In contrast to "The Biggest Loser," which features contestants competing against each other for money, "Extreme Weight Loss" features one to two people on each episode. And, as illustrated by the July 8 episode, their battle to lose weight often involves shedding the burdens of the past as well as their obesity.
Weighing more than 400 pounds, David was a man haunted by his past. At age 17, he was taking care of his siblings when one of his little brothers accidentally shot the other. In addition to that death, David felt responsible for the subsequent death of his little sister when she experienced a seizure and died in her sleep after he did not give her medication one night.
But when he finally sought the courage to ask "Extreme Weight Loss" transformation specialist Chris Powell for help, David's life changed in every way. During his 365 days with Chris, David learned to let go of his guilt while taking up the new weapons in his weight loss war of diet and fitness.
Highlights included David's chance to become a mixed martial arts (MMA) fighter and, just before weighing in at the finale to discover he lost half of his body weight, his proposal to the girl he loved. But his battle become free of his guilt was not easy, pointed out Dr. Holly Wyatt, Medical Director at AHWC and Medical Director for the show, in a July 9 interview with ABC News.
"I think it was appropriate that it aired after the Fourth of July weekend because it’s all about freedom. Not the freedom we celebrate as a society, but the freedom we celebrate as individuals to enjoy our own lives," said Dr. Wyatt.
For those who are obese, Dr. Wyatt emphasizes that it takes mental and emotional work to transform. Until David "could deal with that and learn to feel he deserved a change, he could not dig deep and do the hard work needed to transform his life,"she commented. "He had to shed his emotional burden, along with his weight, to achieve his transformation."
Along the way, it was clear that David had to learn to reach out and ask for help. And his support came from unexpected sources, such as the Ultimate Fighting Championship (UFC) contenders who graciously offered him the opportunity to demonstrate what he had learned in the gym as he built muscle and lost fat.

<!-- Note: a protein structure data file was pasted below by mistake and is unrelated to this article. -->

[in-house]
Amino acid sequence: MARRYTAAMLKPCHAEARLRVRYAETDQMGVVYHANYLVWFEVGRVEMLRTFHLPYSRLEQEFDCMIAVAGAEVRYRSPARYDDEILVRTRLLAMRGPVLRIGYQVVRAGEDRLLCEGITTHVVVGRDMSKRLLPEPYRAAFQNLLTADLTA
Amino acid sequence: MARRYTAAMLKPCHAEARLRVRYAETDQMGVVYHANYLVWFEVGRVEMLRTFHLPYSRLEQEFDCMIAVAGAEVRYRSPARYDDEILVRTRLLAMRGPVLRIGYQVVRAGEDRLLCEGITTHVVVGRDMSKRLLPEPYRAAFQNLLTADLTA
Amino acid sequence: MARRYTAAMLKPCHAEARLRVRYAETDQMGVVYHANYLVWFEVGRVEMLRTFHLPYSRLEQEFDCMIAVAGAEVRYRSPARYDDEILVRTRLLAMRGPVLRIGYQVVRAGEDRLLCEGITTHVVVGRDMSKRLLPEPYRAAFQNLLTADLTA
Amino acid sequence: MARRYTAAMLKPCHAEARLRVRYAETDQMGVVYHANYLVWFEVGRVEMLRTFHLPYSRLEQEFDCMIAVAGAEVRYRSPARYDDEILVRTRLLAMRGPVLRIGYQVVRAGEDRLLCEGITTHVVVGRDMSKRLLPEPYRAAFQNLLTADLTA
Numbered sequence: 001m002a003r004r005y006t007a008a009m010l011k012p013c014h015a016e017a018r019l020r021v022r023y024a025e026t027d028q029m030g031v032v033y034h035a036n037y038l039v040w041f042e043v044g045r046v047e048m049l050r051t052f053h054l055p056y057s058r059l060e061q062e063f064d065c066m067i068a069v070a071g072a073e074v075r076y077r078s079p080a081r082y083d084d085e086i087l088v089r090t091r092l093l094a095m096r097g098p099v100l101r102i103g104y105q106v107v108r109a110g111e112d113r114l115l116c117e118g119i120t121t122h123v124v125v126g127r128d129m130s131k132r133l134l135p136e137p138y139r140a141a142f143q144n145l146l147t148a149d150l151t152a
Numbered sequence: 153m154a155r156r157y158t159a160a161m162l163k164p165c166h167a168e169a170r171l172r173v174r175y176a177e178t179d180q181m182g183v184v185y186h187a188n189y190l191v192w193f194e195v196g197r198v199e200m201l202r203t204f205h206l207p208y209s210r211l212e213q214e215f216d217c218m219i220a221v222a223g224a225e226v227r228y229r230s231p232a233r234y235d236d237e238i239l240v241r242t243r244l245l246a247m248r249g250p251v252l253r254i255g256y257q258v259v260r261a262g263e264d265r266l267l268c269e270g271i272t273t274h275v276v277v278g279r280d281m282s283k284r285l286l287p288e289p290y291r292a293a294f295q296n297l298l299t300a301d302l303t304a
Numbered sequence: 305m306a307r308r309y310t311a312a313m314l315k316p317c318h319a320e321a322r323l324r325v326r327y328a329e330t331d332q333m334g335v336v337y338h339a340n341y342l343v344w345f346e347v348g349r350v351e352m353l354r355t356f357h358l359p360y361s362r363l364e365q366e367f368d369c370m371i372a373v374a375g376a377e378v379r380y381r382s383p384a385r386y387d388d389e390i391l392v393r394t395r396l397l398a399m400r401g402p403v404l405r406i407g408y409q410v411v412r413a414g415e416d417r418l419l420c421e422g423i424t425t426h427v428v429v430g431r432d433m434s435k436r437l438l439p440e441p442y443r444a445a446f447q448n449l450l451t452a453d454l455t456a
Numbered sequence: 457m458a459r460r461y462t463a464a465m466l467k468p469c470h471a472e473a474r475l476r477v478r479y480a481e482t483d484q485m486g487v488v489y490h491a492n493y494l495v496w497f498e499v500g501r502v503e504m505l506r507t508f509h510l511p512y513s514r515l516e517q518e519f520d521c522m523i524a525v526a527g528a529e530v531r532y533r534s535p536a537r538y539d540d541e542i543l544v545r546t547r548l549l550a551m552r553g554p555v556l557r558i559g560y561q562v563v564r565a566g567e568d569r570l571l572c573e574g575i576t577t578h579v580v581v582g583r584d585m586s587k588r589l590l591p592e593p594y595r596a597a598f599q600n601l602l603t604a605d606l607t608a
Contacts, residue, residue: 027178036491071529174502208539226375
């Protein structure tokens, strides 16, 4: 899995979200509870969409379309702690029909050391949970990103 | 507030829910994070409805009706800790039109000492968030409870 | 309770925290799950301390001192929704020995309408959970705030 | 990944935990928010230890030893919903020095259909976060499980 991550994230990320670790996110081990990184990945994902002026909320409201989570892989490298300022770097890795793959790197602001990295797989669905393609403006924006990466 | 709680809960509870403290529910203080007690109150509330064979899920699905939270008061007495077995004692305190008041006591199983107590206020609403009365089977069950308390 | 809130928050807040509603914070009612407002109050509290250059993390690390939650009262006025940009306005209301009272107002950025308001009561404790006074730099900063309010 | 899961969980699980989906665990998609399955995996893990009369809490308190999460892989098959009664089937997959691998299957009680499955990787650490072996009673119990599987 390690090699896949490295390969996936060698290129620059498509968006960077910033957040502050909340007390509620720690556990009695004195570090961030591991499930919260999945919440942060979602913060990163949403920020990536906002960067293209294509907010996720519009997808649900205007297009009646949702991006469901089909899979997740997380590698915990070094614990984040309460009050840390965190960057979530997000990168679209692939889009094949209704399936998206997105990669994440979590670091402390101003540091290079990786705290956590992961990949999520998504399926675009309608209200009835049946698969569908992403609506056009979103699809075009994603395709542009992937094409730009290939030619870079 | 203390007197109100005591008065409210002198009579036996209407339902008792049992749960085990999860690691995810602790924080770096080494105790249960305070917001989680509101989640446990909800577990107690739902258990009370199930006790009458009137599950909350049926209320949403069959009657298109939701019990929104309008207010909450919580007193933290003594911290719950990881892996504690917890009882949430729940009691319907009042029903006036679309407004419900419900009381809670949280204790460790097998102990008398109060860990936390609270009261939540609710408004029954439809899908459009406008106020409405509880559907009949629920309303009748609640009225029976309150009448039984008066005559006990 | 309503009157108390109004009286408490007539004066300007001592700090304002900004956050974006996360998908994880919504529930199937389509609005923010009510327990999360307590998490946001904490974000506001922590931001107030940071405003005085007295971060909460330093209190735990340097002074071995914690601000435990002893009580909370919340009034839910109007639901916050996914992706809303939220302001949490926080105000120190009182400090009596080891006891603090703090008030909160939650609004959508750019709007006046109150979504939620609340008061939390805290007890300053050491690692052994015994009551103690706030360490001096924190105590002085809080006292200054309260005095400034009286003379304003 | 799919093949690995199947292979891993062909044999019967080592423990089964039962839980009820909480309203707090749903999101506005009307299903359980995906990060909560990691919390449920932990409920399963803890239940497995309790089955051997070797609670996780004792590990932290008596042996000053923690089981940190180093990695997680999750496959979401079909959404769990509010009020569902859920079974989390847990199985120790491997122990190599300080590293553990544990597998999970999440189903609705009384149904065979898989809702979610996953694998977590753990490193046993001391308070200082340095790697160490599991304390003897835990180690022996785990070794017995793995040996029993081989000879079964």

Yet the episode was also a reminder of just how life-threatening it can be to struggle with obesity. As David worked out, he began vomiting and suffering from chest pains. He had suffered a heart attack, reported ET News on July 8.
"When you start to look at the dizziness, the nausea, the vomiting and especially the heart palpitations, that was the final straw," explained trainer Chris Powell of his decision to call it quits temporarily and rush David to the hospital. But now that David has lost his excess weight and gotten fit, Powell predicted: "I can promise you he's not going to have a heart attack any time in the near future."
In recent years, a controversy about precisely what constitutes a heart-healthy diet has become heated. Despite increasing evidence that consuming saturated fats is not the cause of heart disease, some experts still recommend limiting red meat, revealed the Cleveland Clinic's Health Hub News on July 9.
Stanley Hazen, MD, Head of the Section for Preventive Cardiology and Rehabilitation at the Cleveland Clinic, argues that the newest studies are akin to "mathematical massaging of multiple databases." As a result, he still recommends the traditional diet plus exercise prescription.
"The Mediterranean diet showed through randomized intervention trial to reduce cardiovascular disease events an additional 30 percent on top of other therapies like medications and exercise. That is still my recommendation," stated Dr. Hazen.
However, the type of diet that Chris and Heidi Powell use is called carb cycling. It involves periods of low carb diet menus followed by high carb plans. The duo say that it boosts weight loss and helps the metabolism function at optimal level.